Central Florida is suffering the worst drought in a century, with some of the lowest recorded levels of rainfall ever.

Orlando, according to the National Weather Service, did not receive any rain in April, without any significant precipitation since February. Orlando recorded only 3.18 inches of rainfall so far in 2017, as measured by the city’s rain gauge at Orlando International Airport. That’s the same level recorded in 1907, and nearly close to May 10, 1898, record of 2.64 inches.

The next opportunity for rain, possibly this weekend, “doesn’t look all that good,” the weather service’s Derrick Weitlich told the Orlando Sentinel. A lack of rain leads to lower groundwater levels for Central Florida, as well as the Floridan Aquifer – which supplies most of the region’s drinking water.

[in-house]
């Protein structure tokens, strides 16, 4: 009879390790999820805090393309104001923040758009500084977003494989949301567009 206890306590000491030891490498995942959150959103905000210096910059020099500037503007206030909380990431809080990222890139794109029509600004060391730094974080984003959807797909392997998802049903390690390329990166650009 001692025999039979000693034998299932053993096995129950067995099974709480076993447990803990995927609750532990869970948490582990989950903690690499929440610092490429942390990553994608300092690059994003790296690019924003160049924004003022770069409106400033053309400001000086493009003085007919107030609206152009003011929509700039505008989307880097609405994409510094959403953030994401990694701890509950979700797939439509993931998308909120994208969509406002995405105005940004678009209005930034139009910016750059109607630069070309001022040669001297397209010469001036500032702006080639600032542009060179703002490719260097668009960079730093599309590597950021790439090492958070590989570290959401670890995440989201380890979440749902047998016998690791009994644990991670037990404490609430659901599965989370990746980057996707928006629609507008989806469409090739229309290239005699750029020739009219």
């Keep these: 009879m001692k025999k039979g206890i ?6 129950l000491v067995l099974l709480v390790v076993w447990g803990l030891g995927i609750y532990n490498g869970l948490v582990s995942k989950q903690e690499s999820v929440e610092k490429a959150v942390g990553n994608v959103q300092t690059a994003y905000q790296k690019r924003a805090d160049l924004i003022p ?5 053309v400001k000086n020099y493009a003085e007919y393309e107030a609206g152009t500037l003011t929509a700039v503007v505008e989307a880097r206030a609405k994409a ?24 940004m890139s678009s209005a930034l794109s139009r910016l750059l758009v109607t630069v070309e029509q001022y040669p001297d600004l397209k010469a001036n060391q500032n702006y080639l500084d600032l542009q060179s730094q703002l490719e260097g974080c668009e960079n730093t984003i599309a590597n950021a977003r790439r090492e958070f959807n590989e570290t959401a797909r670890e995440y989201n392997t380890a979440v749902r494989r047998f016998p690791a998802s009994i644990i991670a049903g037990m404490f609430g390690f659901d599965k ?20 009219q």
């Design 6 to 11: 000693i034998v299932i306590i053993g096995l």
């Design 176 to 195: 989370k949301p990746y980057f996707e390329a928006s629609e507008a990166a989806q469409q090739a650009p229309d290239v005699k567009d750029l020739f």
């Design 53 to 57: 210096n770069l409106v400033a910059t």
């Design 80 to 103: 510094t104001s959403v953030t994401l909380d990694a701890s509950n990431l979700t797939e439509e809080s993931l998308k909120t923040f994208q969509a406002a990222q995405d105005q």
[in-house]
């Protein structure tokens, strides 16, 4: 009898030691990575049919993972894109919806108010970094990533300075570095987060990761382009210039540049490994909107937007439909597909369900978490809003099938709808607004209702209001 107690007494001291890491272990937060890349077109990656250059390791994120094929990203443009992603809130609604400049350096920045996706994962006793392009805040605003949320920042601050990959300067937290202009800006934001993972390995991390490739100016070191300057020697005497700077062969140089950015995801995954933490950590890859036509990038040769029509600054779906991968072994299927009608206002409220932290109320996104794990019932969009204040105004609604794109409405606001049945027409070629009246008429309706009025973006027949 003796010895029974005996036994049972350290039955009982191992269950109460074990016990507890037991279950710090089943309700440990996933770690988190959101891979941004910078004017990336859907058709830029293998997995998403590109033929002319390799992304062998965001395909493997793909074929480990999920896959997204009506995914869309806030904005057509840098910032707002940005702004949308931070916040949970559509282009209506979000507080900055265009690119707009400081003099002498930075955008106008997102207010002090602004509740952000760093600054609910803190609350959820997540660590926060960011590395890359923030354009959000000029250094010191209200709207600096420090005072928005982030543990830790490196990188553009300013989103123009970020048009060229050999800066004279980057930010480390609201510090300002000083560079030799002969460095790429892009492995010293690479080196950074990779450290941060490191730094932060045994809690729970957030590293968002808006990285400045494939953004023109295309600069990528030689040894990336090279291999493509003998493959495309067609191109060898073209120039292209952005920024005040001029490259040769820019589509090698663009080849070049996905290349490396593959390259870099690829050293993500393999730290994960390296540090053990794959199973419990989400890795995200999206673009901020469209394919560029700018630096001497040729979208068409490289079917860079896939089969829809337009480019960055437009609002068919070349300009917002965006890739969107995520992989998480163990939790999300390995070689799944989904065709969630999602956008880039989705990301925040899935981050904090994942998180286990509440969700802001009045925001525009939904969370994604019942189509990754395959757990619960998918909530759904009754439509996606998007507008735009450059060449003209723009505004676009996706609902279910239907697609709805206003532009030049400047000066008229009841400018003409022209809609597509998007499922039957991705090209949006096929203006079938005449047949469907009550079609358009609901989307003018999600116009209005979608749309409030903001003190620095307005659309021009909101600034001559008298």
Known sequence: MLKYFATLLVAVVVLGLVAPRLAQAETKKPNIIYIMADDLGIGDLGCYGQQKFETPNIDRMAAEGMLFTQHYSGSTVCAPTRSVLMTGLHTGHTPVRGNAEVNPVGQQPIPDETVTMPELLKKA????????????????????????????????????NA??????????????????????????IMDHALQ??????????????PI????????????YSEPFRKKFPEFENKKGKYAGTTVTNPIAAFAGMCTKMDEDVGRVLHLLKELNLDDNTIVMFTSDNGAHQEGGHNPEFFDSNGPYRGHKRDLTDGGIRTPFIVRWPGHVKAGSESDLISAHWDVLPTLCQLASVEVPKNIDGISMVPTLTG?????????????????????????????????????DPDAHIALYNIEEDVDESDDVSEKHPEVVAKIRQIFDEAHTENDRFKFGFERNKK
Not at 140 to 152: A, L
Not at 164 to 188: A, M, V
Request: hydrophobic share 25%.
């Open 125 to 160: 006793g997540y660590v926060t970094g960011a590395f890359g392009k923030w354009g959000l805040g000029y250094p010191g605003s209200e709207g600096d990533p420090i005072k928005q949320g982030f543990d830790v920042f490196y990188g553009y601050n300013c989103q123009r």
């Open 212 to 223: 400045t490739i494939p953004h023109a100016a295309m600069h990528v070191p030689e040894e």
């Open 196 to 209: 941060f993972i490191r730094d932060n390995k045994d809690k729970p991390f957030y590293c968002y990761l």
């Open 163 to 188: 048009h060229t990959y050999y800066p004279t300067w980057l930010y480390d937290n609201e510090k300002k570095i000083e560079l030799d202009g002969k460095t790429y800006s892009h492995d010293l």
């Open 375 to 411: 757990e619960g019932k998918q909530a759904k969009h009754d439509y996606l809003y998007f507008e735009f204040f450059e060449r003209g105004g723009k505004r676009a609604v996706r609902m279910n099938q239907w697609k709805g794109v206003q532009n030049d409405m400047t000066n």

Extreme drought conditions increase the chances of brush fires, as more than 125 wildfires have been burning across Florida this week.

U.S. Drought Monitor, which aggregates reports from government and academic experts, shows areas designated as extreme drought expanding throughout the state, from 3,600 square miles to 5,400 square miles as of Thursday.

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